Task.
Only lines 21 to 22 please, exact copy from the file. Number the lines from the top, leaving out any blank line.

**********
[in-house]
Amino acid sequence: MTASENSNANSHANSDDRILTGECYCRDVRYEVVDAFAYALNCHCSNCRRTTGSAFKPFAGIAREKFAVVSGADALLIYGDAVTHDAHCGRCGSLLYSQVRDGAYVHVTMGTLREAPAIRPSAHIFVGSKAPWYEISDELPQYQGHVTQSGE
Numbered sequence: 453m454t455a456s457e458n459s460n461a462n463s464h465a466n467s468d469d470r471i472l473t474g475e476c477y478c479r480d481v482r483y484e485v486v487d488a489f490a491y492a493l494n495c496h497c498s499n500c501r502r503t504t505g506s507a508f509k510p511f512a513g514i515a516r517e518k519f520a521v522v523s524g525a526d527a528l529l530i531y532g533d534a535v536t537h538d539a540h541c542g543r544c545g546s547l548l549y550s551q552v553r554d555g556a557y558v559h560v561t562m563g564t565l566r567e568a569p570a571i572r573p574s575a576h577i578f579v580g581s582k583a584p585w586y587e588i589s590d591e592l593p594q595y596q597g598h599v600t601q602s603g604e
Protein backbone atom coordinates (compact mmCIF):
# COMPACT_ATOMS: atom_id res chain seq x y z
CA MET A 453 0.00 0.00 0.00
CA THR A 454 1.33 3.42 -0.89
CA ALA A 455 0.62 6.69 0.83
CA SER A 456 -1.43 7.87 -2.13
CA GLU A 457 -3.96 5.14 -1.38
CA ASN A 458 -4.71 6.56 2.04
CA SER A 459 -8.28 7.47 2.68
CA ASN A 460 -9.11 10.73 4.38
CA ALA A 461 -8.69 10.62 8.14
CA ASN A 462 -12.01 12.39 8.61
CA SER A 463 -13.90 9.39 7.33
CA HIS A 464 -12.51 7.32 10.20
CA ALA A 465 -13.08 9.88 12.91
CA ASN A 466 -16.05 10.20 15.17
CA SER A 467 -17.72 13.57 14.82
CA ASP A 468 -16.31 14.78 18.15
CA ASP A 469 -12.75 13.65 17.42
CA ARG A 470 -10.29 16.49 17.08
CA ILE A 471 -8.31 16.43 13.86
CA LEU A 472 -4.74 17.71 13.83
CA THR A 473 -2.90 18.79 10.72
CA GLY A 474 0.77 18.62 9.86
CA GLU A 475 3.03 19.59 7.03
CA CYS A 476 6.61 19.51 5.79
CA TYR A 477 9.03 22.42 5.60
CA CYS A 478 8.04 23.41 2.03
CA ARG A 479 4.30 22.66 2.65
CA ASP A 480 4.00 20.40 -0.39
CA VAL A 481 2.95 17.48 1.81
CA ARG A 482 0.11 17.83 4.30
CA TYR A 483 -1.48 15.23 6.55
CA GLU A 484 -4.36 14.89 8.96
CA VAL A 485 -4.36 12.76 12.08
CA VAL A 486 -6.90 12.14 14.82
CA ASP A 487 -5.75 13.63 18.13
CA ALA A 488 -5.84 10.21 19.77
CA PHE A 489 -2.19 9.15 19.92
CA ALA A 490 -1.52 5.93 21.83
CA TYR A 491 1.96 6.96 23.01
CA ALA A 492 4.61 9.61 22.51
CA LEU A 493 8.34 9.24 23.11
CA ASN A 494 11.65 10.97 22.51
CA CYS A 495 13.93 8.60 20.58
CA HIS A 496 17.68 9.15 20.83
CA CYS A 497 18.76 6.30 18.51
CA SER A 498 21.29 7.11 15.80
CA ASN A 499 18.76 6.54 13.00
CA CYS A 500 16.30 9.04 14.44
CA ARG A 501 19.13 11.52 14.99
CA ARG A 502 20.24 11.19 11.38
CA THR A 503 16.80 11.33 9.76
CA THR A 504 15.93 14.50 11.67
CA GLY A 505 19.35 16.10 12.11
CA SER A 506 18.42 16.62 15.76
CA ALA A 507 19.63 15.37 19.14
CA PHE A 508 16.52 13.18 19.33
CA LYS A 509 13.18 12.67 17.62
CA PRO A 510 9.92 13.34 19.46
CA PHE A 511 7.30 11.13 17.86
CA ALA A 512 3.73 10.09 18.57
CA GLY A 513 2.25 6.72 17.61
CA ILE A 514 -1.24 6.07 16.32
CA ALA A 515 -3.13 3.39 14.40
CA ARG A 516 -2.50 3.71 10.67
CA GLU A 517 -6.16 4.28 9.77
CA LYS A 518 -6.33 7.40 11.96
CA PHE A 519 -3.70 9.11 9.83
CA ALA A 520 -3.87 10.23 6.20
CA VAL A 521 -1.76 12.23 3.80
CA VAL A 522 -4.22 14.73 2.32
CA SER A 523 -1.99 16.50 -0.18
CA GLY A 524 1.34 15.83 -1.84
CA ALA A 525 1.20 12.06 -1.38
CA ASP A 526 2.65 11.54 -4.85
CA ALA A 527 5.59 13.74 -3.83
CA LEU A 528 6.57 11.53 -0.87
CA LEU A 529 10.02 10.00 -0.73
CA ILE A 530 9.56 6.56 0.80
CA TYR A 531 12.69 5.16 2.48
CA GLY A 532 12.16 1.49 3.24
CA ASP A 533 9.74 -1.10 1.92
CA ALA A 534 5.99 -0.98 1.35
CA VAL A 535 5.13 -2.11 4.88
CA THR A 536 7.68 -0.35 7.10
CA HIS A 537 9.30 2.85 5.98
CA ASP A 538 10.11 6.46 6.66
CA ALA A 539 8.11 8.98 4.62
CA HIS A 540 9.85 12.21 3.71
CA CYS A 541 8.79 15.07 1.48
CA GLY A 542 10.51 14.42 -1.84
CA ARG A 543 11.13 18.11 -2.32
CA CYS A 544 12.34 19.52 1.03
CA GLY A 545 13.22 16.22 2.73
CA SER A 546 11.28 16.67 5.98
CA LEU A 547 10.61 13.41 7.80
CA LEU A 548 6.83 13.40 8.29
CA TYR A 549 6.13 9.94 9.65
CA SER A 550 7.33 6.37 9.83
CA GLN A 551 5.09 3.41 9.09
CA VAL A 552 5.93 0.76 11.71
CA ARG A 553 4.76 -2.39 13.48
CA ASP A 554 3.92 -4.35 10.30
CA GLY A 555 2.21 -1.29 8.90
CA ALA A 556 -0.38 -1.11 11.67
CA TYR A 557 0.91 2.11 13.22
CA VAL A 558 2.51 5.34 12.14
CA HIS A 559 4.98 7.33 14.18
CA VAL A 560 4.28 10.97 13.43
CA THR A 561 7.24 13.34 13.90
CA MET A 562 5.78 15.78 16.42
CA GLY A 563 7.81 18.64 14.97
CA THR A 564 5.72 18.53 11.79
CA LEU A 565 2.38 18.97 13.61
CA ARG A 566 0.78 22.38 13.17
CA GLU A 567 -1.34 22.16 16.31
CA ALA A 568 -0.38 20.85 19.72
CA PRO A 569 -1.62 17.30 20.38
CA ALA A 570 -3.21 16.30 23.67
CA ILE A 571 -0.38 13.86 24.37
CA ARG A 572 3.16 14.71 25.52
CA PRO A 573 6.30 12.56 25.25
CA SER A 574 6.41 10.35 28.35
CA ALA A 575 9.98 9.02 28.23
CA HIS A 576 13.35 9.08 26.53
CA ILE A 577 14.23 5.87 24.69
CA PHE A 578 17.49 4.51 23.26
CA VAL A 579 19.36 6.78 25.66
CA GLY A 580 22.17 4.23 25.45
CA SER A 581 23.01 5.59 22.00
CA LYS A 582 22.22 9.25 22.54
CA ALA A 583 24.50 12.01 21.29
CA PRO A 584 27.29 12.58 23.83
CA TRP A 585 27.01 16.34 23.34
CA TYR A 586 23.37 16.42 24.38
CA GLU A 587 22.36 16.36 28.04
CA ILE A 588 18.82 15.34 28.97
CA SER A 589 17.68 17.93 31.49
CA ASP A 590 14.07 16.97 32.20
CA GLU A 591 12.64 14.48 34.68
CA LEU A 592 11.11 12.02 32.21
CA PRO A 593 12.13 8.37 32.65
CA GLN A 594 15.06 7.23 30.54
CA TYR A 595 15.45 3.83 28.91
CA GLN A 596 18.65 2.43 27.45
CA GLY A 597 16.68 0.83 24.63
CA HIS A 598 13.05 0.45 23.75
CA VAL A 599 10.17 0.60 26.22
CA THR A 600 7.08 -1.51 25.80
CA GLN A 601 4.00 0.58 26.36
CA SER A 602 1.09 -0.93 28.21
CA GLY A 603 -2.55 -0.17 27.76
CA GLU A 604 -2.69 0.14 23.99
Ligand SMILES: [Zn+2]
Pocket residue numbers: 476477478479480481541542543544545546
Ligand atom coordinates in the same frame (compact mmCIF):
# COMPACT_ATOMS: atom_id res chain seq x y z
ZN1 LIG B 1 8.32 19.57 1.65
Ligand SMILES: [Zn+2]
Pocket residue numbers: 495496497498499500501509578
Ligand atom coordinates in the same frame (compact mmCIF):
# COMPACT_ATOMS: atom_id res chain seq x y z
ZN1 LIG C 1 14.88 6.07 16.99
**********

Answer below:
CA ASP A 468 -16.31 14.78 18.15
CA ASP A 469 -12.75 13.65 17.42